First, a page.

Tips on Growing Primrose Plants Indoors

Written by elton dunn
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Tips on Growing Primrose Plants Indoors
Primrose is a popular winter-flowering houseplant. (primrose image by rafalwit from

Primrose (Primula) comes in an array of bright colours, with yellow, red, pink, blue or orange blossoms. These cheery flowers provide winter colour and grow indoors as houseplants. To keep your primrose happy indoors, provide it with adequate water and light. These plants are not meant to last forever, but they can last through the winter months with the right care.

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Plant primrose in a container with drainage holes. Cut a small piece of mesh screen to slip in the bottom of the container. This prevents soil from washing out of the bottom of the container every time you water the primrose. Fill the container 1/3 to 1/2 of the way full with potting soil. Remove your primrose from its plastic container and break apart the root ball with your fingers. Place the primrose in the container, then fill the container the rest of the way with soil. Water the container to settle the soil around the plant; water until you see liquid come out the drainage holes at the bottom of the container.


Use a balanced, sterile potting soil for growing primrose plants indoors. To make your own potting mix, the American Primrose Society recommends 4 parts of mineral-rich soil, or garden soil, 4 parts of coconut fibre and 2 parts of perlite.


Place primrose in a south or southeast facing window where it can receive ample sunlight. Primrose plants prefer morning sun to afternoon sun. If plants grow leggy and weak, they're receiving too little light. If plant leaves turn yellow, your primrose may be receiving too much sun. If you don't have enough windows, provide your primrose with an incandescent or fluorescent plant light for 12 hours a day.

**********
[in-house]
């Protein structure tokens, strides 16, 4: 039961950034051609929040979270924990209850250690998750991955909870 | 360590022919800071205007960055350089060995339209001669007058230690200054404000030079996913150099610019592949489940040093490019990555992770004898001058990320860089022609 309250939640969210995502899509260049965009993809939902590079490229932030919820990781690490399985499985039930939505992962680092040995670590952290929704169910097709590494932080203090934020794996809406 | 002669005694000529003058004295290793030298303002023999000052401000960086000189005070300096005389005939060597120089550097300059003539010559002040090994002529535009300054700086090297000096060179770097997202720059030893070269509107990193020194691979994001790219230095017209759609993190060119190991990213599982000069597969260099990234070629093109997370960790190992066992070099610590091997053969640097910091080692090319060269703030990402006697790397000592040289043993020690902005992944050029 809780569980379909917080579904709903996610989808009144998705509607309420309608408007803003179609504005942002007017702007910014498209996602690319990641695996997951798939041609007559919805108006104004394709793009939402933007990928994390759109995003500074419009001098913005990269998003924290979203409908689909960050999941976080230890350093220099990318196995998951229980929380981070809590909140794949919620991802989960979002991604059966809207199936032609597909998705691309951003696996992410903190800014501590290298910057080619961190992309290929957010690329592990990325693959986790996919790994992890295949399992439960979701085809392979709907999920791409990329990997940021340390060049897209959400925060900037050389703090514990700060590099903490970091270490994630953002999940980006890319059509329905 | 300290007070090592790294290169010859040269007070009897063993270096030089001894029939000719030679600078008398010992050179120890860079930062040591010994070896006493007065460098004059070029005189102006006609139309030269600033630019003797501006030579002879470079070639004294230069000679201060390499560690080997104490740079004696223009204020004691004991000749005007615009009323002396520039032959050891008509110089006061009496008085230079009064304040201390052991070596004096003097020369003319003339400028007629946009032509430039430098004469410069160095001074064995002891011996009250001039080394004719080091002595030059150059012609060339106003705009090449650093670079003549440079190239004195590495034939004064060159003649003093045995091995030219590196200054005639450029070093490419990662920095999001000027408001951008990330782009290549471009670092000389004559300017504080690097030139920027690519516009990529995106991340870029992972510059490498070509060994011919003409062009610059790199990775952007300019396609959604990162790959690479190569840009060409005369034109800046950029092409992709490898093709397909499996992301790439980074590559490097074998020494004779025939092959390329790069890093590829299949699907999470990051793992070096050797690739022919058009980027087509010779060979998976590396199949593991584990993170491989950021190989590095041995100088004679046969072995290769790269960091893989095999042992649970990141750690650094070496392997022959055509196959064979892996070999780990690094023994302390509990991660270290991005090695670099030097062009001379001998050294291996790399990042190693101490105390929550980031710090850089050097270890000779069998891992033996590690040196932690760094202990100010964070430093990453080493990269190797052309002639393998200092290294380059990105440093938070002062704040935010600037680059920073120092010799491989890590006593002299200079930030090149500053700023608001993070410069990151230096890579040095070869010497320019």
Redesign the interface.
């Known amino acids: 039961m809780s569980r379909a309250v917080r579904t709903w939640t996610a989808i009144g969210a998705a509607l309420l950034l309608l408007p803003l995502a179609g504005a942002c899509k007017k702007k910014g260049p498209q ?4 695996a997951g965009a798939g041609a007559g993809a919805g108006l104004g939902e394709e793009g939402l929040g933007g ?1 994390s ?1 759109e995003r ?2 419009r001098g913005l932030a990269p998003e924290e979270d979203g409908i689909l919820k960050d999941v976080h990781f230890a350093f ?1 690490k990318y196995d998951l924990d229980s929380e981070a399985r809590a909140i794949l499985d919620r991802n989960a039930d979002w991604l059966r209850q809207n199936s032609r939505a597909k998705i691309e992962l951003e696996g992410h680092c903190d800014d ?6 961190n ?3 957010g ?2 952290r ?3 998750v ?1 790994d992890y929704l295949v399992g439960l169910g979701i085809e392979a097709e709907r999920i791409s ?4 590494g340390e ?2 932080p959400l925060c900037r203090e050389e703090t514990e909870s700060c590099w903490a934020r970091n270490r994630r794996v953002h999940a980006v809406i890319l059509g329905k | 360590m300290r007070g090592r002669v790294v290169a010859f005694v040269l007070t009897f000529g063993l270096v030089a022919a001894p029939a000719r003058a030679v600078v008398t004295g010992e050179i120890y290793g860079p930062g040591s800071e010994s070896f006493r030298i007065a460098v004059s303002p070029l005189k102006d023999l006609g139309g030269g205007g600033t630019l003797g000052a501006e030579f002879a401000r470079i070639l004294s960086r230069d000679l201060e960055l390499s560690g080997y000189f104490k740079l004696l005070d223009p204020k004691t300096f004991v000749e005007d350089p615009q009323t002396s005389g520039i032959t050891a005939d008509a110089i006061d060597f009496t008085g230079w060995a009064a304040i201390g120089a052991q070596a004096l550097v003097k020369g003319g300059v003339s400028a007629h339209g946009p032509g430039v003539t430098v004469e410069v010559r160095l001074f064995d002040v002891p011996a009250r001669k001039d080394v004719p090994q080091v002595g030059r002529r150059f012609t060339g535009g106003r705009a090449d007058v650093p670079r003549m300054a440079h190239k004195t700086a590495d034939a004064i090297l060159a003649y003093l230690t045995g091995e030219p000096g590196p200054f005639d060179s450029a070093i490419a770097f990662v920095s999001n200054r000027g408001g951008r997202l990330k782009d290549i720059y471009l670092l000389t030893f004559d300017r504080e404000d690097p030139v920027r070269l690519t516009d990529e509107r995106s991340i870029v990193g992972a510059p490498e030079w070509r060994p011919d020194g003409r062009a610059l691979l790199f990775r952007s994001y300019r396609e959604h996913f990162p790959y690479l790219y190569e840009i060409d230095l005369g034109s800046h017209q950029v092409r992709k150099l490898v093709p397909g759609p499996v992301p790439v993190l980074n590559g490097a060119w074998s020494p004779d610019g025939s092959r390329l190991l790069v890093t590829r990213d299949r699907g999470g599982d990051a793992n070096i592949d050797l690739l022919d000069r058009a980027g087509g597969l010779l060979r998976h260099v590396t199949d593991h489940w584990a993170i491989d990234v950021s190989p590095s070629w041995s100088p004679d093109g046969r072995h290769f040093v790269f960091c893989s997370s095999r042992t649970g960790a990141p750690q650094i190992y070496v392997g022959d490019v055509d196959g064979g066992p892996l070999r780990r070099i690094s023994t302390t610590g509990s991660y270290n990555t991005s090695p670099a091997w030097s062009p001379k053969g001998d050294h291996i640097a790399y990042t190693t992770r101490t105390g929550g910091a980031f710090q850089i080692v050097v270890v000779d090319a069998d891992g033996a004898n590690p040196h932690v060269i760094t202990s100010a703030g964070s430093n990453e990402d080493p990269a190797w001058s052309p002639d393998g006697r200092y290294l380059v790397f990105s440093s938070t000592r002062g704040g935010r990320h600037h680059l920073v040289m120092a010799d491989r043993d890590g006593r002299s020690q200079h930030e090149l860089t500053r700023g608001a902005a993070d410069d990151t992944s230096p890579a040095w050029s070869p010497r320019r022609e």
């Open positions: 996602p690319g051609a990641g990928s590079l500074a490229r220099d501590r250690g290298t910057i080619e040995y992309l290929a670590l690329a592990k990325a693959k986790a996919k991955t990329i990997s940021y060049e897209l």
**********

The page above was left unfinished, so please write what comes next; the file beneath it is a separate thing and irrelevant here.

Allow primrose plants to dry out mostly, but not entirely, between waterings. Primrose likes moisture but dislikes wet feet or roots. To test the soil's moisture content, stick your finger down into the soil or stick a pencil into the soil. If the soil feels wet, hold off watering until the soil feels just slightly moist, cool and not soggy, to the touch, or until the pencil comes free from the soil with no dirt. Then add water until liquid flows from the drainage holes at the bottom of the container and the soil becomes saturated.


When grown indoors, primroses prefer cool rooms that don't fluctuate in temperature. They dislike hot environments and will do poorly in winter in heated homes. Place primroses in a draft-free area where the plant will not overheat, such as an entryway, mudroom or enclosed porch. The American Primrose Society recommends temperatures of 10 to 18.3 degrees Celsius for your primrose plant.

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